Child A, we’ll call him Leo, a second grader, is in the 10th percentile of reading, spelling and writing.

Depending on whether you are a “glass half full or half empty” type you can translate it that Leo is better than 10% of the children his age or that 90% are better than he is.

Being a bit of a “glass half empty type” myself, I’m fixated on the notion of the  90% that are better than Leo.

Child B, Joelle, also a second grader, is in the exact same place as Leo.

Both children are struggling significantly.  Their parents are extremely worried and concerned (rightfully so).

Of the two, only one, Joelle,  is getting any kind of legitimate remediation using methods supported in the research.

If they are in the exact same place in their academic functioning, why is only one getting assistance?

While it won’t be said as bluntly as this, the fact from the school’s point of view is Leo just isn’t smart enough.

Joelle has the good fortune of having a FSIQ of 118 (86th %ile), while Leo’s is in the lower portion of the average range (FSIQ = 92 (21st %ile).

As I noted in last week’s post,  Leo is just out of luck (“Sorry, Our Hands Are Tied”).

This “not smart enough” model is linked to states like New Jersey that use a “severe discrepancy model to determine eligibility for classifying a child with a learning disability.

In an article written by Emerson Dickman, special education attorney and former president of the International Dyslexia Association, he quoted leading experts regarding the use of a discrepancy model.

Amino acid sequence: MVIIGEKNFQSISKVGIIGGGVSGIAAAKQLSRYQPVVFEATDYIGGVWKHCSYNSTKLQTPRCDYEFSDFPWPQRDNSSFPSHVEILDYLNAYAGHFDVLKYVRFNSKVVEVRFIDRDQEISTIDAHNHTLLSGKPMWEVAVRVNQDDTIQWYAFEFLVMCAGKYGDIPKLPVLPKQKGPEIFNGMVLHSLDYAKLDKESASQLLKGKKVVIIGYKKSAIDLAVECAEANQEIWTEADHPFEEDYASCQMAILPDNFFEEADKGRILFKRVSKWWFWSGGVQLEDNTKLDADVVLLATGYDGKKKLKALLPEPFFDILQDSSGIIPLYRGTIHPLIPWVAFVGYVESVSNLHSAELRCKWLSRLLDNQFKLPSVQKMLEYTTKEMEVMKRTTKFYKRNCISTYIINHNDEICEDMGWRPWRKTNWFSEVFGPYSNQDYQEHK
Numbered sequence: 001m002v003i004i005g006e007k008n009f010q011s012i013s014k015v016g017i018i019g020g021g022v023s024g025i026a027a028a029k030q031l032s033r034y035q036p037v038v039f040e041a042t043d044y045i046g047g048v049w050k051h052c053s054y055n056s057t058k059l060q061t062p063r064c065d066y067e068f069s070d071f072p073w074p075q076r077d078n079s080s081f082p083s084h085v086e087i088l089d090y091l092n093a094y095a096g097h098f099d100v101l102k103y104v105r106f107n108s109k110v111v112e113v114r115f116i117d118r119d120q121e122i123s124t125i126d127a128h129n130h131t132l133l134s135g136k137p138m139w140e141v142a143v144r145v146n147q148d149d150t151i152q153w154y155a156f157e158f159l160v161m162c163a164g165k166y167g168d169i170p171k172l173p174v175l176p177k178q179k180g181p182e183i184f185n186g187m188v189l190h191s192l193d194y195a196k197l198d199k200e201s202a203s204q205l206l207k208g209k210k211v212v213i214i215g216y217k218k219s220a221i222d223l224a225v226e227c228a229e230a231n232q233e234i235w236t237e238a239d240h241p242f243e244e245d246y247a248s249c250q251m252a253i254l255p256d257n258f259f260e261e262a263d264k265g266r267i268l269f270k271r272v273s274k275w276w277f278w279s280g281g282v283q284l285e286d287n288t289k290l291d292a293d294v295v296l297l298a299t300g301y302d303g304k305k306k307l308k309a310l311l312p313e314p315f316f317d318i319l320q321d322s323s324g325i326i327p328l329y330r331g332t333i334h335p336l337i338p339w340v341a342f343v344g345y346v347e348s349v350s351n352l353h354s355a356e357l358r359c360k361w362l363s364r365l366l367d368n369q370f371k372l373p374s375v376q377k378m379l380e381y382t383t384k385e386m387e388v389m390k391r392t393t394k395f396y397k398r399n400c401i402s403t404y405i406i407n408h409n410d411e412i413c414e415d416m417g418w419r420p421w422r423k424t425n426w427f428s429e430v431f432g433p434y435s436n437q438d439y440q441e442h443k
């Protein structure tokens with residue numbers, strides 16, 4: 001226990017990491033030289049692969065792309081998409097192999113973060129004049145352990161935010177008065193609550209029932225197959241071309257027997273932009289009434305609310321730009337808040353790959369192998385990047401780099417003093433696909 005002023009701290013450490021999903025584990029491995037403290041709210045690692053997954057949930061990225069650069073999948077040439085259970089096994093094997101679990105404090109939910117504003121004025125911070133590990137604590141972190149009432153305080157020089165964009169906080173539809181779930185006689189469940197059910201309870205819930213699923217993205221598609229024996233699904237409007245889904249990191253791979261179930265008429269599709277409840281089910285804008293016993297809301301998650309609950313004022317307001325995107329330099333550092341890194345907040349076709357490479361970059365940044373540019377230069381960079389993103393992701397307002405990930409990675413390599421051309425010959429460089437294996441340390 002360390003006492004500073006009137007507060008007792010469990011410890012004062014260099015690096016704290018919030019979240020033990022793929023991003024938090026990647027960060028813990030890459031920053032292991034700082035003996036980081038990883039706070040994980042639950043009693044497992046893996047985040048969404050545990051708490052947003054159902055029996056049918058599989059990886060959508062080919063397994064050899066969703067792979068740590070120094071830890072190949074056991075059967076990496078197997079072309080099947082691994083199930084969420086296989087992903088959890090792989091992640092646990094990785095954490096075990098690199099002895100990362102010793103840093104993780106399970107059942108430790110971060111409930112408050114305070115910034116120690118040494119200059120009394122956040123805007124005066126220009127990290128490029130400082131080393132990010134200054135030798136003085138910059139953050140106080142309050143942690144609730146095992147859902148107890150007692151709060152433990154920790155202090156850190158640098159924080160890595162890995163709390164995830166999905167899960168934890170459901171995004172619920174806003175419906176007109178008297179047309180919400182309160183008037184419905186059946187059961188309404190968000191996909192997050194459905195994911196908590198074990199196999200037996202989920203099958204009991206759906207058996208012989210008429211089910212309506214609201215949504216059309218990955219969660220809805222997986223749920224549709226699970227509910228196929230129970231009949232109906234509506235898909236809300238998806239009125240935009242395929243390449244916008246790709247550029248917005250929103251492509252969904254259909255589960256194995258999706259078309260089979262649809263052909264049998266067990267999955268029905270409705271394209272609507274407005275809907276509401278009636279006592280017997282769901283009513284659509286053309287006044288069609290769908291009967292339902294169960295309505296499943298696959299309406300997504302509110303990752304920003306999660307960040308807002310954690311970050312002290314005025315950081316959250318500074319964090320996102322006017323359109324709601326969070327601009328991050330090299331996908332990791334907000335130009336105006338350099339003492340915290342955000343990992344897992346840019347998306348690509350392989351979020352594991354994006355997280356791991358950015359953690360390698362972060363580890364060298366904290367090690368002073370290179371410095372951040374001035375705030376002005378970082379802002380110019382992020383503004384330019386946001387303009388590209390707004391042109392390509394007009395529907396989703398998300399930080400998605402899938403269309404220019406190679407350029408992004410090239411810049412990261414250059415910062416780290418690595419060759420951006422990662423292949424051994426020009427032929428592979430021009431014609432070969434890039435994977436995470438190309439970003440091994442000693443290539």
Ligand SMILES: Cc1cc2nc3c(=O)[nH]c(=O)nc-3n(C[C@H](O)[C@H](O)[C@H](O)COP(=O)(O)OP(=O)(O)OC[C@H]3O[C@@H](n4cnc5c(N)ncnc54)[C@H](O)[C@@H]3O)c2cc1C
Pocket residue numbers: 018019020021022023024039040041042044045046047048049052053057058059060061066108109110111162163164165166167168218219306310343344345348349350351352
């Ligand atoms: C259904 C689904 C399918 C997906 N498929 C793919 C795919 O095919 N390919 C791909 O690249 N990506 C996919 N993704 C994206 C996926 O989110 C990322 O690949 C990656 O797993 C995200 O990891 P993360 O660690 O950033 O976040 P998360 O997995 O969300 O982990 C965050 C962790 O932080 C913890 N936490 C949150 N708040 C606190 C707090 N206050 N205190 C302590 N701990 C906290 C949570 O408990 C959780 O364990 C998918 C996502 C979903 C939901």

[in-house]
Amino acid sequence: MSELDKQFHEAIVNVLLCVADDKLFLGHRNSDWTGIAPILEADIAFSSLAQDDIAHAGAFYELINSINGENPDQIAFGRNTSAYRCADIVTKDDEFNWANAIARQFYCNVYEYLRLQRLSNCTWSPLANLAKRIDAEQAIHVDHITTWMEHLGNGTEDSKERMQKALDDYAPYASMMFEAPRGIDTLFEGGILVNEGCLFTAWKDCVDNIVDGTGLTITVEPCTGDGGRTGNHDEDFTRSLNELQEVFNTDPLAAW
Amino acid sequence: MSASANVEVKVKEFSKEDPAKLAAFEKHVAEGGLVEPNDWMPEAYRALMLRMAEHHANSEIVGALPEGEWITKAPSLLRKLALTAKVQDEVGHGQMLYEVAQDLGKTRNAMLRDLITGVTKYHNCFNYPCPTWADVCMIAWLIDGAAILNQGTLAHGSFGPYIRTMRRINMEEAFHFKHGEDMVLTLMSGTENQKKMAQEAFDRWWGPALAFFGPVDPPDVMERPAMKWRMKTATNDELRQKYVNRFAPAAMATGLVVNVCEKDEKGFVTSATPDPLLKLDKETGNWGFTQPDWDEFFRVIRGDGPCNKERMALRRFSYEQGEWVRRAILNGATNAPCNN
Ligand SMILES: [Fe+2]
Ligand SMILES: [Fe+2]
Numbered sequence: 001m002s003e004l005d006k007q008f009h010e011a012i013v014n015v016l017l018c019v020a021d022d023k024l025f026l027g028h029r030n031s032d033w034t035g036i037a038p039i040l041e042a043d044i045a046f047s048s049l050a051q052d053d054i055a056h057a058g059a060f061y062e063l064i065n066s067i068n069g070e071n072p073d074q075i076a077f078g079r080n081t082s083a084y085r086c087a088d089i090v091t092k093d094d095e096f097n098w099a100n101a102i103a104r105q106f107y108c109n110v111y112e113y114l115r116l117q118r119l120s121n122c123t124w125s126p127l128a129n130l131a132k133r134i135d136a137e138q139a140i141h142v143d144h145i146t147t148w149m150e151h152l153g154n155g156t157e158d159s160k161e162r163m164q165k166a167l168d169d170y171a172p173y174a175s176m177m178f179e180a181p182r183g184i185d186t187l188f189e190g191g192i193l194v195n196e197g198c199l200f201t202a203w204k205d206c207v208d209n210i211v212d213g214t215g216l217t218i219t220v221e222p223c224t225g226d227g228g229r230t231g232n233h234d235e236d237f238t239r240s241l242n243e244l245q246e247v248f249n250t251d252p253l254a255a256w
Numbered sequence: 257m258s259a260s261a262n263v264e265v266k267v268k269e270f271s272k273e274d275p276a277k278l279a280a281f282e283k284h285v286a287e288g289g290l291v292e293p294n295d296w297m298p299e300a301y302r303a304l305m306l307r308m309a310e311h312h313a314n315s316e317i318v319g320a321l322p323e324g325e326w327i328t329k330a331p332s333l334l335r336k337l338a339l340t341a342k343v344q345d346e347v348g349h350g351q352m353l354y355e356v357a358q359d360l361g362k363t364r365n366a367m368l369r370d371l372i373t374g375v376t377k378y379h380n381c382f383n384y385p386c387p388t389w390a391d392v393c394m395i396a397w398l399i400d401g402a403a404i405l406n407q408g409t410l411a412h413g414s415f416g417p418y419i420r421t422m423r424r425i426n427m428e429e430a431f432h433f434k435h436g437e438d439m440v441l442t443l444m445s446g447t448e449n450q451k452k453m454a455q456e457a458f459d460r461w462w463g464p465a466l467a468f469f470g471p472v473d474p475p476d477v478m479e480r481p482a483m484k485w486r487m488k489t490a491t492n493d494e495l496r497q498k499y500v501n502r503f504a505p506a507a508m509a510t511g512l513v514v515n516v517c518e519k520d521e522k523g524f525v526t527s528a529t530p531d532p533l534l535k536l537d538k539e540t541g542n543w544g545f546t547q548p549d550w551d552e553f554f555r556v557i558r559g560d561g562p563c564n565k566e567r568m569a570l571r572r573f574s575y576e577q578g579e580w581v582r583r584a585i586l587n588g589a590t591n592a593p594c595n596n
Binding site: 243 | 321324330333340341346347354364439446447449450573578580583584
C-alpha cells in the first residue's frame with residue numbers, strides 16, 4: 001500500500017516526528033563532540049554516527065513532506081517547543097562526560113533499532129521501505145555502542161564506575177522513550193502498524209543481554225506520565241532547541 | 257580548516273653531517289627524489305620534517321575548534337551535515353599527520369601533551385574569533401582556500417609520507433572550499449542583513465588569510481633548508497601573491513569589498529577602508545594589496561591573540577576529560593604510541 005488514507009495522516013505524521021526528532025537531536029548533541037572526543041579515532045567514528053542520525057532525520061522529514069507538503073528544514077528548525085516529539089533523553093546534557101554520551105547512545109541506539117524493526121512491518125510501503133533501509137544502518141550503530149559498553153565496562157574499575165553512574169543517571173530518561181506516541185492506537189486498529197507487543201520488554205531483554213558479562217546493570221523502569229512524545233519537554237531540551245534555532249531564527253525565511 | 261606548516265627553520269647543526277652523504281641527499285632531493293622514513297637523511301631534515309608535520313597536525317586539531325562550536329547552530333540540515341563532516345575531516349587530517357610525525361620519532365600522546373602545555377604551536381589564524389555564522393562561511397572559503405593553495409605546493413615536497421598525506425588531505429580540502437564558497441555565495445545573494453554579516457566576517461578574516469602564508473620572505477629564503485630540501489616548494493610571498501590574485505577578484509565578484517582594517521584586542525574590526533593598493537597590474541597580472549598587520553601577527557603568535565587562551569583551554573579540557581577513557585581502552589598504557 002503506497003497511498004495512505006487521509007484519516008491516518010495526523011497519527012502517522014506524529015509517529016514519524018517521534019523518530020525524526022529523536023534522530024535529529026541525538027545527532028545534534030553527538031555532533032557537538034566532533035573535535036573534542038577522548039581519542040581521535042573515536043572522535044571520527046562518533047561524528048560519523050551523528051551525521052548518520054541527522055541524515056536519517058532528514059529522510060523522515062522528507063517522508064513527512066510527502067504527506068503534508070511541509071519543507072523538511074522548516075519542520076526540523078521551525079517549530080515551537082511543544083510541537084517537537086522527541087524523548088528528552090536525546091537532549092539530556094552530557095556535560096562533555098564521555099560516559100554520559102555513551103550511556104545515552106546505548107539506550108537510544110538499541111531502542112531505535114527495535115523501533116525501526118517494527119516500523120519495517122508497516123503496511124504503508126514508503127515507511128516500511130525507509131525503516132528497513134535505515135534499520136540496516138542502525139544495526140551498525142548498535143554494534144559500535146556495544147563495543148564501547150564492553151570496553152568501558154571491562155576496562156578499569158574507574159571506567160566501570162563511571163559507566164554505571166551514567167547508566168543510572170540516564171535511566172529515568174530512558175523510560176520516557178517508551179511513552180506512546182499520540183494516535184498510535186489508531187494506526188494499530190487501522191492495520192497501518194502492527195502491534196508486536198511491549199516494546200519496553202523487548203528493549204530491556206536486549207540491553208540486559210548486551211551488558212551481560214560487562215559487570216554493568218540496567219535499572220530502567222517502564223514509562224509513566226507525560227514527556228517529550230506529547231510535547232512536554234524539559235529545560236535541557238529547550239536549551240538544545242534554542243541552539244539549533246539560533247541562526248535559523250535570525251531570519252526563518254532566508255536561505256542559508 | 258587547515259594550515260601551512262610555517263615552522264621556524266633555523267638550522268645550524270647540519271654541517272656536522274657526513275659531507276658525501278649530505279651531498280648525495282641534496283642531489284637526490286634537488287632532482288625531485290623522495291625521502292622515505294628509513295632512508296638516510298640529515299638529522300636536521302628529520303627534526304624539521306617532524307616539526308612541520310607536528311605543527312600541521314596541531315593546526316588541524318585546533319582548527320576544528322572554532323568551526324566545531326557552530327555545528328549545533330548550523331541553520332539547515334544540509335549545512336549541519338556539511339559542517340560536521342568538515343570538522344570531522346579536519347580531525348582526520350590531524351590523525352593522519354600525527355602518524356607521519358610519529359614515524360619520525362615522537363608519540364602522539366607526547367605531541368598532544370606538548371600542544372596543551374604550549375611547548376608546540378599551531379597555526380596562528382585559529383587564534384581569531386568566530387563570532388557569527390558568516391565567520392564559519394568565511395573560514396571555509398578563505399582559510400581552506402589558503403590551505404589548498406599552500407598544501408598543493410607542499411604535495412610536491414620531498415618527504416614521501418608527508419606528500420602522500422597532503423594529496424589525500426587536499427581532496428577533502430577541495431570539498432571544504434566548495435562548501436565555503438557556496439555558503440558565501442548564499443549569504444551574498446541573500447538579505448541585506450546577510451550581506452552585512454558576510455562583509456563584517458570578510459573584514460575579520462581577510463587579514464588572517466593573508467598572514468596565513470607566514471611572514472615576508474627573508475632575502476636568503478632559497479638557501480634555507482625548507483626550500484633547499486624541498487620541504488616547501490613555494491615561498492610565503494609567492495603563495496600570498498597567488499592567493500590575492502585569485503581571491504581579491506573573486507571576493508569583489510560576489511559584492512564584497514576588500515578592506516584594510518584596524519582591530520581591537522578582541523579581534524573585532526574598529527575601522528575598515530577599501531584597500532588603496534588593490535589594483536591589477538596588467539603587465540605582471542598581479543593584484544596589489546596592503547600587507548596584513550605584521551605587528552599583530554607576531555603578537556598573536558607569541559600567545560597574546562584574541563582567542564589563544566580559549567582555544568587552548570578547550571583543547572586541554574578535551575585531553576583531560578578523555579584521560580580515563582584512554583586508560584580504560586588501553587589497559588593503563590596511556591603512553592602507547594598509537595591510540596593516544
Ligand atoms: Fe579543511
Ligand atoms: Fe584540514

Here are a few choice ones:

For 25 years we have used  the IQ-achievement discrepancy model, a wait-to-fail model that is known to be ineffective, inefficient, irrational, immoral and indefensible.”  (Dr. Douglas Carmine presentation during testimony to Congress on reauthorization of IDEA.)

The formula is a “wait and fail” model and is immoral.”  (Dr. Thomas Hehir, Director of Special Education Programs during Clinton Presidency.)

IQ-Achievement discrepancy is not a valid means for identifying individuals with LD.”  (Dr. Robert Pasternack, Assistant Secretary for Office of Special Education)

 One last point.  Not only is the model unfair and immoral offering no support to struggling children who just aren’t “smart enough,  it also leaves everything entirely up to parents to try and find outside services like tutoring that are never covered by insurance.

Individual tutoring is expensive.  Depending on where you live the range can be between $60 to $100 an hour.  To be effective children ideally should be getting twice weekly sessions.

So, for the single mom I met recently who works full-time with three children, one of whom is severely learning disabled but getting nothing, I ask proponents of this model to guide me on what I should tell her.

Help me out here.

Copyright, 2022

Questions or comments email Dr. Selznick: